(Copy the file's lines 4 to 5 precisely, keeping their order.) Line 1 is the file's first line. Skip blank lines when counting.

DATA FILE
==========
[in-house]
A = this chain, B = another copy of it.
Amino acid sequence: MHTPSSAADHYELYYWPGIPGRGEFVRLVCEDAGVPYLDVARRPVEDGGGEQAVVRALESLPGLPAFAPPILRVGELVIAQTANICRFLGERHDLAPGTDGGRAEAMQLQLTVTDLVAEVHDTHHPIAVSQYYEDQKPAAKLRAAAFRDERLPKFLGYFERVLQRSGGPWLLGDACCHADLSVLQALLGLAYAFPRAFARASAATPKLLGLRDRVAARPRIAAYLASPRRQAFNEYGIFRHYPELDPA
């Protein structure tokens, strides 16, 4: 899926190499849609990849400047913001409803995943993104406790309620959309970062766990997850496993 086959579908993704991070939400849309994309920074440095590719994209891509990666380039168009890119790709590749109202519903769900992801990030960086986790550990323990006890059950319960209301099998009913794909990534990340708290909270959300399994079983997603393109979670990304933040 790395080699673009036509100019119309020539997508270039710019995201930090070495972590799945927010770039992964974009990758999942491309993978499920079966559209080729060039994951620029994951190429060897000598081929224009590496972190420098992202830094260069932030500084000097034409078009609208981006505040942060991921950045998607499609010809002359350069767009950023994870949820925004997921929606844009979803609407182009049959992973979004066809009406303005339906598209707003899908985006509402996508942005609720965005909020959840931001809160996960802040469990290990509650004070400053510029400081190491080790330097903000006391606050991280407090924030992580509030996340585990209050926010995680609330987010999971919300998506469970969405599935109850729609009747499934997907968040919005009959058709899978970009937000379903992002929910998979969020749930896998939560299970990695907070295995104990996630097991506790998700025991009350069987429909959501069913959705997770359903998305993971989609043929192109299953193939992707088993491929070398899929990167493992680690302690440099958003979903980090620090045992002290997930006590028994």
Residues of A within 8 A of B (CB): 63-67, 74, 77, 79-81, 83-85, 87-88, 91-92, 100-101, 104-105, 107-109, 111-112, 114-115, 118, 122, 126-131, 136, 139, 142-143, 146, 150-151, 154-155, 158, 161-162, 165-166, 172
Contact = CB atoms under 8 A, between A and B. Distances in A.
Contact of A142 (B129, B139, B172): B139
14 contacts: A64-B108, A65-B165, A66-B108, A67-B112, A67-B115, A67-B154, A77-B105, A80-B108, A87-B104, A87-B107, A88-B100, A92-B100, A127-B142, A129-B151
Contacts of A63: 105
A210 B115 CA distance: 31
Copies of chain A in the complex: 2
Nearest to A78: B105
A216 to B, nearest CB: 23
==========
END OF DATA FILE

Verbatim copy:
């Protein structure tokens, strides 16, 4: 899926190499849609990849400047913001409803995943993104406790309620959309970062766990997850496993 086959579908993704991070939400849309994309920074440095590719994209891509990666380039168009890119790709590749109202519903769900992801990030960086986790550990323990006890059950319960209301099998009913794909990534990340708290909270959300399994079983997603393109979670990304933040 790395080699673009036509100019119309020539997508270039710019995201930090070495972590799945927010770039992964974009990758999942491309993978499920079966559209080729060039994951620029994951190429060897000598081929224009590496972190420098992202830094260069932030500084000097034409078009609208981006505040942060991921950045998607499609010809002359350069767009950023994870949820925004997921929606844009979803609407182009049959992973979004066809009406303005339906598209707003899908985006509402996508942005609720965005909020959840931001809160996960802040469990290990509650004070400053510029400081190491080790330097903000006391606050991280407090924030992580509030996340585990209050926010995680609330987010999971919300998506469970969405599935109850729609009747499934997907968040919005009959058709899978970009937000379903992002929910998979969020749930896998939560299970990695907070295995104990996630097991506790998700025991009350069987429909959501069913959705997770359903998305993971989609043929192109299953193939992707088993491929070398899929990167493992680690302690440099958003979903980090620090045992002290997930006590028994």
Residues of A within 8 A of B (CB): 63-67, 74, 77, 79-81, 83-85, 87-88, 91-92, 100-101, 104-105, 107-109, 111-112, 114-115, 118, 122, 126-131, 136, 139, 142-143, 146, 150-151, 154-155, 158, 161-162, 165-166, 172